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Partnership is proving fruitful

DATE:2017-04-28       SOURCE:China Daily
 
China Daily Africa | Updated: 2017-04-28
 
Chinese help Kenyan farmers turn advantages into opportunities as nation faces climate challenges
 

Over the past decade, the first quarter of the year has always presented a bag of mixed fortunes for Kenya's small-scale farmers. A rainfall deficit, which is becoming the norm, leaves herders and farmers counting losses as animals die due to receeding pasture and bumper harvests of fruit perish from lack of market access.

 

This year, however, things were a little different. Collaboration between the Kenya China Chamber of Commerce, the Kenya National Chamber of Commerce and Industry and a makeshift farmers association saw a turn around of fortunes when the local Chinese community turned up in large numbers to buy off the mangoes.

 

More than 20,000 mangoes were purchased within two hours, leaving 500 farmers with better earnings.

 

Kenya mango farmers arrange their products at a promotional event held by the Kenya Chinese Chamber of Commerce. Liu Hongjie / China Daily

 

"Farmers lack market information and thus count themselves lucky when middlemen come calling," says Meshack Muteru, the farmers' representative. More often than not, supply outstrips demand.

 

According to the African Development Bank, Sub-Saharan countries face up to $4 billion in post-harvest losses annually. Fruit and vegetable losses average 35 to 50 percent of total attainable production, while grain losses are between 15 and 25 percent.

 

"Besides poor roads, farmers have not ventured into the value addition process because they lack capital and skills," says Peter Mathuki, a member of the East African Legislative Assembly, a law-making regional body.

 

Nevertheless, the successful sale of the mangoes to the Chinese local community has sown seeds of partnership in this unexploited but viable subsector.

 

"Africa's economic takeoff hinges on its ability to industrialize, and I believe this subsector provides the best opportunity," Mathuki says. "The region, therefore, needs policies that will strengthen the linkages between farms and agri-processing, while at the same time insulating it from the challenges posed by climate change."

 

William Zhuo, chairman of the Kenya China Chamber of Commerce, says Africa is a unique landscape at the moment. Despite its underdevelopment and promises of a healthy return on investments, investors face a myriad of challenges ranging from poor roads, a power deficit and finding the right model to increase farm yields while decreasing carbon production.

 

"China successfully increased its food production through innovation and technology. There is a lot of work to be done here to develop this sector," says Zhuo.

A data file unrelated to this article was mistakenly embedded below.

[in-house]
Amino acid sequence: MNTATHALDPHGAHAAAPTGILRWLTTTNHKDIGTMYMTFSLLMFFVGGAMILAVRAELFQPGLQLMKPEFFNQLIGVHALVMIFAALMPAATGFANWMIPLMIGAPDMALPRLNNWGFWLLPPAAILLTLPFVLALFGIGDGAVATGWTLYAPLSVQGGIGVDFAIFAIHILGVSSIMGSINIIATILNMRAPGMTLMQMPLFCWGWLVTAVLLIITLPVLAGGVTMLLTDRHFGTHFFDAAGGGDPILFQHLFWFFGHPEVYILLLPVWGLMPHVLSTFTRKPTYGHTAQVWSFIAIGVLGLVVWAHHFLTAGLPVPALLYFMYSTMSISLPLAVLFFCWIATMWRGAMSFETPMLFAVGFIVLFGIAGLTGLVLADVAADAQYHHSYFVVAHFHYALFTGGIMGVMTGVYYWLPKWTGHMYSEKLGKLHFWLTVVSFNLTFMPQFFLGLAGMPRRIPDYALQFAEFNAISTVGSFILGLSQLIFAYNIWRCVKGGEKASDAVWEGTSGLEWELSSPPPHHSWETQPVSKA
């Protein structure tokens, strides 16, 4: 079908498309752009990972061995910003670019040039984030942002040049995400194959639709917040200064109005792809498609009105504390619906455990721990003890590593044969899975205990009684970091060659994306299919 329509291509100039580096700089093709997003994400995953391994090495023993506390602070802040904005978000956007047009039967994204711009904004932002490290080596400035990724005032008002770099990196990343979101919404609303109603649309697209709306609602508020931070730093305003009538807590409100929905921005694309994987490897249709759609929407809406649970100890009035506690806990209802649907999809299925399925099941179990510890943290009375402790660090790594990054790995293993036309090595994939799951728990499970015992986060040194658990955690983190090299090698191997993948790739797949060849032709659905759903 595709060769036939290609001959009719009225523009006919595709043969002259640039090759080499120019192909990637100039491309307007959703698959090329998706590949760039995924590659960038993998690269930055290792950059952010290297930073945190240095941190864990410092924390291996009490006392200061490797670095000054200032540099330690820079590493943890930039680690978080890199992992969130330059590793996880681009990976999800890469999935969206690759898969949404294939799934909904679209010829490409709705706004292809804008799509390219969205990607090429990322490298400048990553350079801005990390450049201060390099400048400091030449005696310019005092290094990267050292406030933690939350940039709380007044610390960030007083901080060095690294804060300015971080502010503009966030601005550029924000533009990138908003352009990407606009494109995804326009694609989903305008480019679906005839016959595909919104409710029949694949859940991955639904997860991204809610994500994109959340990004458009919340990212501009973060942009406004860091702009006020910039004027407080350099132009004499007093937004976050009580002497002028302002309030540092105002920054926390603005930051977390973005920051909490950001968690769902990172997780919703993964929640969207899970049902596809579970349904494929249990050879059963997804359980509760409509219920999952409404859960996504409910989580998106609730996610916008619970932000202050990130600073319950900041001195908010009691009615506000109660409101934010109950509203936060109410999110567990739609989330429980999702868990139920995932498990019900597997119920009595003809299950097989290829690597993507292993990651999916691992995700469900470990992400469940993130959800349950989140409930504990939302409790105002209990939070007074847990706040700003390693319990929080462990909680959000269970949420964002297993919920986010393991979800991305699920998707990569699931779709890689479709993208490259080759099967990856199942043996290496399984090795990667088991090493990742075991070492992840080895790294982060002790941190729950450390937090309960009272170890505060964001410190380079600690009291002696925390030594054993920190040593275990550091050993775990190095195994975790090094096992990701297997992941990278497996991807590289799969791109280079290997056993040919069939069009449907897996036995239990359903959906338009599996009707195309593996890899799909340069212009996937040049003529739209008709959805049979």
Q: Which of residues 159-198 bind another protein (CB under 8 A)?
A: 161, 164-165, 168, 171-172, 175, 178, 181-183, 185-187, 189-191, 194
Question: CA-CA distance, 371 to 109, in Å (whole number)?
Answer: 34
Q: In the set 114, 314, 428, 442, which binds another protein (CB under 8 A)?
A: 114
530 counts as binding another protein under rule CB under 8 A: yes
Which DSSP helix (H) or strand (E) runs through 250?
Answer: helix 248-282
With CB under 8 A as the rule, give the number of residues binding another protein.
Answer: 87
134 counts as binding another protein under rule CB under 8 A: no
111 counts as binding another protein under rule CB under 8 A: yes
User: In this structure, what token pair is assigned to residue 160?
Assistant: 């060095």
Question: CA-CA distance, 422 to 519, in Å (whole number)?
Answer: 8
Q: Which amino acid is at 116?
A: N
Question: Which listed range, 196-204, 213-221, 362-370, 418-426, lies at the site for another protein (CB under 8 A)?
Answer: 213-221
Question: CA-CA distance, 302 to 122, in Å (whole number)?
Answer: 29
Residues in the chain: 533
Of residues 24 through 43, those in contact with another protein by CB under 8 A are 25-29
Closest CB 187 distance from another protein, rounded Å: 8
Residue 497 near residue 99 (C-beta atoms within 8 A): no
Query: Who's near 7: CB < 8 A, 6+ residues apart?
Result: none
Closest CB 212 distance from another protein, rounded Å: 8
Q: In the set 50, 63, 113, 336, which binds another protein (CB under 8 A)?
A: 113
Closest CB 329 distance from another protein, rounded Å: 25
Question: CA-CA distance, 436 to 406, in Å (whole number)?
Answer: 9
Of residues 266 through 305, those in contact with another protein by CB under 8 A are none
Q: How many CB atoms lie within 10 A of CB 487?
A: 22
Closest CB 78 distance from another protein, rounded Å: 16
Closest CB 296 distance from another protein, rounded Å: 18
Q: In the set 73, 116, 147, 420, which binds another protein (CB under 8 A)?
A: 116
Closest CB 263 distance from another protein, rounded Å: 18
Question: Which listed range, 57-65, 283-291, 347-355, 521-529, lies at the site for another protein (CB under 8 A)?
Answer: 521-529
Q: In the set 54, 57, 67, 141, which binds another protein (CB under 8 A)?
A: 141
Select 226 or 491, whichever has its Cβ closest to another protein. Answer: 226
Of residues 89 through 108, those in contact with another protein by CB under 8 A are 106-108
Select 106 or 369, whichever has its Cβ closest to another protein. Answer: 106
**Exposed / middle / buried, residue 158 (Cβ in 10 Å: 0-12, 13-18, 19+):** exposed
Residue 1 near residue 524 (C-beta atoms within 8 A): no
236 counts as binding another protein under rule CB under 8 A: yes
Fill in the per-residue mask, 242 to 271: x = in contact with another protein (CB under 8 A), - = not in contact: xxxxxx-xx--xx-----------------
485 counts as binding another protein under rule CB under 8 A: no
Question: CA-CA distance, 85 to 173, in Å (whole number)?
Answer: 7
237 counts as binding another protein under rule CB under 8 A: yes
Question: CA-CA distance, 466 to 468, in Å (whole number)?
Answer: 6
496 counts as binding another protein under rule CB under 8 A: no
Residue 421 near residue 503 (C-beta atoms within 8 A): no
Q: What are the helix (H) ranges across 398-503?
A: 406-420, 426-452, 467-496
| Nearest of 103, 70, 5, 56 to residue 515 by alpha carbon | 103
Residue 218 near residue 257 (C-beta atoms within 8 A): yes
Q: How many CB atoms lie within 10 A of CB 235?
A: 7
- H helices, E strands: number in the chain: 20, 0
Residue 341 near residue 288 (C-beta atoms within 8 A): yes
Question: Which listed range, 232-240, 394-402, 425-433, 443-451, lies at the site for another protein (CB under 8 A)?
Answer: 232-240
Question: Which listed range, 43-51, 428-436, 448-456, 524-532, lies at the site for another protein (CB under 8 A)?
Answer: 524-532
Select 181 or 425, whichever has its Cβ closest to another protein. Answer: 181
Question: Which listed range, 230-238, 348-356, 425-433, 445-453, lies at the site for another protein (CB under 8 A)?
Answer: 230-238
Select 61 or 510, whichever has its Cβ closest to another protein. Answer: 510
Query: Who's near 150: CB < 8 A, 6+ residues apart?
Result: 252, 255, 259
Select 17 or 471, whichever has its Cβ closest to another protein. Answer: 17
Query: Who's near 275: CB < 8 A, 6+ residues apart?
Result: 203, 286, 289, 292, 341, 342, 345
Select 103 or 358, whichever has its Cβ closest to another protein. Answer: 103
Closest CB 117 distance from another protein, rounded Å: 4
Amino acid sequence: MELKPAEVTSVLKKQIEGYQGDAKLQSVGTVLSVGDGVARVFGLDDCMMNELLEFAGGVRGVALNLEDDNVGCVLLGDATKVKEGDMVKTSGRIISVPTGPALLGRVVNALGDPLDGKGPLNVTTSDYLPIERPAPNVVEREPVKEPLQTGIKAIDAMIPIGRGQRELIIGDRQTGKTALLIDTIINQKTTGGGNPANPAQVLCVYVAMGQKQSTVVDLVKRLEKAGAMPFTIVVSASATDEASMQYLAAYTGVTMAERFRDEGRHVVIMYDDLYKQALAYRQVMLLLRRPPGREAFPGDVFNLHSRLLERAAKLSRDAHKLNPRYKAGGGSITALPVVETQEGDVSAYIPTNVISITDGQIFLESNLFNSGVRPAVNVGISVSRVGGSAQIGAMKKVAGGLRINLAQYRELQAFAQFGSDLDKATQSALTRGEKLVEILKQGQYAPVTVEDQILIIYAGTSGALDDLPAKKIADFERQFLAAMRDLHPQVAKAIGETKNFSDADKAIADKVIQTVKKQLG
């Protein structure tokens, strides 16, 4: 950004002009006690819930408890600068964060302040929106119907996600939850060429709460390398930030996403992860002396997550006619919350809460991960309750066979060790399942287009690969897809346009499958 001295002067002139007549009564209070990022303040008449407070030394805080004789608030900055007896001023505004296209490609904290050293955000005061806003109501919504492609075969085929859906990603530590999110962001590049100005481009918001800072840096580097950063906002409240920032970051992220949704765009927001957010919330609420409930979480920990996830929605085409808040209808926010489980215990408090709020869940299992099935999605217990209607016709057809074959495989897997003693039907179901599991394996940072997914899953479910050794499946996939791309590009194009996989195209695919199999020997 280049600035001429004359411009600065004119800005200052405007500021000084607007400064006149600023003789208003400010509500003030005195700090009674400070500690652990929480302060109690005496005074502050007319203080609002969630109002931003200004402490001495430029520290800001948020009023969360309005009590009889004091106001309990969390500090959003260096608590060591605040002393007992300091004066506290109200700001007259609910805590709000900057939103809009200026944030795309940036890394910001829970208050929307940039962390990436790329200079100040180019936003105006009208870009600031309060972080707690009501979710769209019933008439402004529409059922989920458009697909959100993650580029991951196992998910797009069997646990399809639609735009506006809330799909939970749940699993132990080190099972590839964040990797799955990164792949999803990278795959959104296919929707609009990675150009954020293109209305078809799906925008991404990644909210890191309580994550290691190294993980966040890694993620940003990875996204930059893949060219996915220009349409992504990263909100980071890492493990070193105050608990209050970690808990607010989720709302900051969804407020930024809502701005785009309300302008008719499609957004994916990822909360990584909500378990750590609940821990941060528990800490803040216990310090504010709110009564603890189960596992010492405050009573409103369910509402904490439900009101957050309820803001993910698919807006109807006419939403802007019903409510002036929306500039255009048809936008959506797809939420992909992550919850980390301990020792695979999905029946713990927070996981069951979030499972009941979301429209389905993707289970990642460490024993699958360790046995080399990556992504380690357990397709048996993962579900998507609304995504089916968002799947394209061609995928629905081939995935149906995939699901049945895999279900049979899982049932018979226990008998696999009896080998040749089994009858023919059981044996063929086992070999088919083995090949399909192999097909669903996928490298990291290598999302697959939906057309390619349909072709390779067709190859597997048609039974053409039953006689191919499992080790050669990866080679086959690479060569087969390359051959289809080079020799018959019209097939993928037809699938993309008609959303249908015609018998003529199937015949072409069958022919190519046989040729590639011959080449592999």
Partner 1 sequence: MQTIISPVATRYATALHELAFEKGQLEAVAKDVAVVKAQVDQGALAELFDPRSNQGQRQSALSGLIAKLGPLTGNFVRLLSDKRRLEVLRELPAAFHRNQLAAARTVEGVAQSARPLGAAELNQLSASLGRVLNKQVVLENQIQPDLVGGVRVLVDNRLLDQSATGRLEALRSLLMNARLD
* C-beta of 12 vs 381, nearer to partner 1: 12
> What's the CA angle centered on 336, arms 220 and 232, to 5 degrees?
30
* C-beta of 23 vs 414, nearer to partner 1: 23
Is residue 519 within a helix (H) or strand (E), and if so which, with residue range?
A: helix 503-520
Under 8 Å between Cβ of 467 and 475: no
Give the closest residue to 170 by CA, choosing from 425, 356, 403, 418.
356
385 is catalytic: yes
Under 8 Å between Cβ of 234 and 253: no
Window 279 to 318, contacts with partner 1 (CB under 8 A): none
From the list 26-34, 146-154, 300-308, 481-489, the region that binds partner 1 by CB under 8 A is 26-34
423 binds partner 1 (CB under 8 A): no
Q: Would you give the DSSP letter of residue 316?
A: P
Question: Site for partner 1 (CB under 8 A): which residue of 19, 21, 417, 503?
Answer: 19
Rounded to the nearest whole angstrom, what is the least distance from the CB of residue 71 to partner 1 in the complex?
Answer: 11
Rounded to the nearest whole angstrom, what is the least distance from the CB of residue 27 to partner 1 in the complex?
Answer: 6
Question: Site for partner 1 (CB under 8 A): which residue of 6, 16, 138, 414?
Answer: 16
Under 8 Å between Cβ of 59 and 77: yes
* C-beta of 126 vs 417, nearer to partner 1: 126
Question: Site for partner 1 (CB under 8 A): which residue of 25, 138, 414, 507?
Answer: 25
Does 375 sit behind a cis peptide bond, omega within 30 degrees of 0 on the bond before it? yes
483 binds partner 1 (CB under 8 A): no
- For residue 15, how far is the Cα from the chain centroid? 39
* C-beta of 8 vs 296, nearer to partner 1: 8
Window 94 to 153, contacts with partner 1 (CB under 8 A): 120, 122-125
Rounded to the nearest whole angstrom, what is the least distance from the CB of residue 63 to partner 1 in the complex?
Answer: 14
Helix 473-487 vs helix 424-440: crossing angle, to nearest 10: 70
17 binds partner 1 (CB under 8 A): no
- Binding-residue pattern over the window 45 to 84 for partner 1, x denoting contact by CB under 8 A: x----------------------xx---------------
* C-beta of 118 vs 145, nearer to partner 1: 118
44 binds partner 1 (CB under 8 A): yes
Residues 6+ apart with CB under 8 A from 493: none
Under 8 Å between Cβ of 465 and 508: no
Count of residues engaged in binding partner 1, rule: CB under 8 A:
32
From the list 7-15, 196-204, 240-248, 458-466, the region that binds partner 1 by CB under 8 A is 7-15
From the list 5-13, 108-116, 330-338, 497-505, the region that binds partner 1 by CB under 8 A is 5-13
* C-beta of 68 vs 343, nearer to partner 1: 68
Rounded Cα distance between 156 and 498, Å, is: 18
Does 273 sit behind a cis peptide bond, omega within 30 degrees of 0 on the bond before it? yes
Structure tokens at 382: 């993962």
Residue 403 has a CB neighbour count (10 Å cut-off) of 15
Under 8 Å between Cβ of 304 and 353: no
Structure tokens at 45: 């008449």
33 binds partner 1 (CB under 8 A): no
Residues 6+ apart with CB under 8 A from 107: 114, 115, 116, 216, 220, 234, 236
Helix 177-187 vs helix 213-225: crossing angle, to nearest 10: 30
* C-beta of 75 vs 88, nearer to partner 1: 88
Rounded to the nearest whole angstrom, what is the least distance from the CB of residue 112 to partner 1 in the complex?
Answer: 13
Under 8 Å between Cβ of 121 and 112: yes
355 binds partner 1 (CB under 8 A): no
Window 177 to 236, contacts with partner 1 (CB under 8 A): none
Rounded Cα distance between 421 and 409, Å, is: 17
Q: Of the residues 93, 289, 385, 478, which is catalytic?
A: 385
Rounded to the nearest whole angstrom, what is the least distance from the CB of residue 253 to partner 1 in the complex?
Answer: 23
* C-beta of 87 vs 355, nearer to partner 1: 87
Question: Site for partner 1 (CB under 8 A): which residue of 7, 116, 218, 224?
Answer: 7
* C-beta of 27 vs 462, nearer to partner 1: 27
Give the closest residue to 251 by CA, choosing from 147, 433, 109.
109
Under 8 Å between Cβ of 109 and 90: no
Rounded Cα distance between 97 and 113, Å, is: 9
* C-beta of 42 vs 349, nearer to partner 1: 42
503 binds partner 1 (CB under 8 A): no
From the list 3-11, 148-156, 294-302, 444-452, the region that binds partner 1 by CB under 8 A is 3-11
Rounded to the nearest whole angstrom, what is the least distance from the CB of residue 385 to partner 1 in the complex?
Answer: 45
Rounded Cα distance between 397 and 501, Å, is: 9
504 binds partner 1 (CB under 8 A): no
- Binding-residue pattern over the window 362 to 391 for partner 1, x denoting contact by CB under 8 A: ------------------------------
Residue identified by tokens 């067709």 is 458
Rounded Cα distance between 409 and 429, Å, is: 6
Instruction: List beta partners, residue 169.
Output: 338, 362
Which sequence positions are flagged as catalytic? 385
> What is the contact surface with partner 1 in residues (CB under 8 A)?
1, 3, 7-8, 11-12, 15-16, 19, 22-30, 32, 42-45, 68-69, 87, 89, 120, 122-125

Lucy Muchoki, chief executive of the Kenya Agribusiness and Agro-Industry Alliance, says private sector partnership will spur development and growth in this fledgling sector.

 

"China is the second-biggest producer of mangoes and thus the best partner for us," Muchoki says, adding that the sector holds the comparative advantage needed for jump-starting the continent's industrialization and rural employment. "It will also disrupt rural-urban migration while addressing the cost of food and supply uncertainties."

 

Underinvestment in Africa's agricultural sector has left communities vulnerable to food insecurity. Global warming has further blurred the investment opportunities available.

 

The United Nations Environment Programme is advocating increased investments into this sector to build a new model of prudent farming practices that restore ecosystems while boosting production and earnings for farmers. Erratic weather patterns will be the norm in the next decade, the agency says.

 

"Under the changing climate, such extreme events are projected to increase," says Richard Munang, the agency's regional climate change coordinator in Nairobi. "For instance, at 20 C warming, a 40 percent decline of key food staples is projected by 2050."

 

This also suggests "a 25 to 90 percent increase in undernourishment, infant mortality and an annual shrinkage in GDP of up to 16.5 percent," he says. Additionally, a warming to 40 C would cause a projected 60 to 80 percent reduction of surface runoff by 2100 and up to a 70 percent decrease in ground recharge rates, Munang says.

 

The continent can borrow lessons from China by basically focusing on sectors with comparative advantages and investing both physical resources like financing and nonphysical resources such as enabling policies, partnerships and intellectual resources to maximize productivity, he adds. "Thus convert the comparative advantage into a global market-based competitive edge," Munang says.

 

Governments need to encourage investment in new technologies that optimize production and the use of clean energy. This combination can potentially create as many as 17 million jobs along the entire agri-value chain and catalyze creation of an agricultural sector worth $1 trillion by 2030, while offsetting carbon and restoring ecosystems, including forests and water systems, he says.

 

"For example, in the Democratic Republic of the Congo, a group of graduate youthful 'agripreneurs' is using clean energy to process cassava, an indigenous, climate-resilient crop, into flour, packaging and standardizing it for sale to higher value markets," Munang says. This creates income and jobs while also enhancing food security, he adds.

 

But while investing in the new production processing model, market access is critical, and Munang believes China's current infrastructure investment offers a solution. The Belt and Road Initiative "will create a potentially consolidated market for Africa's high value exports."

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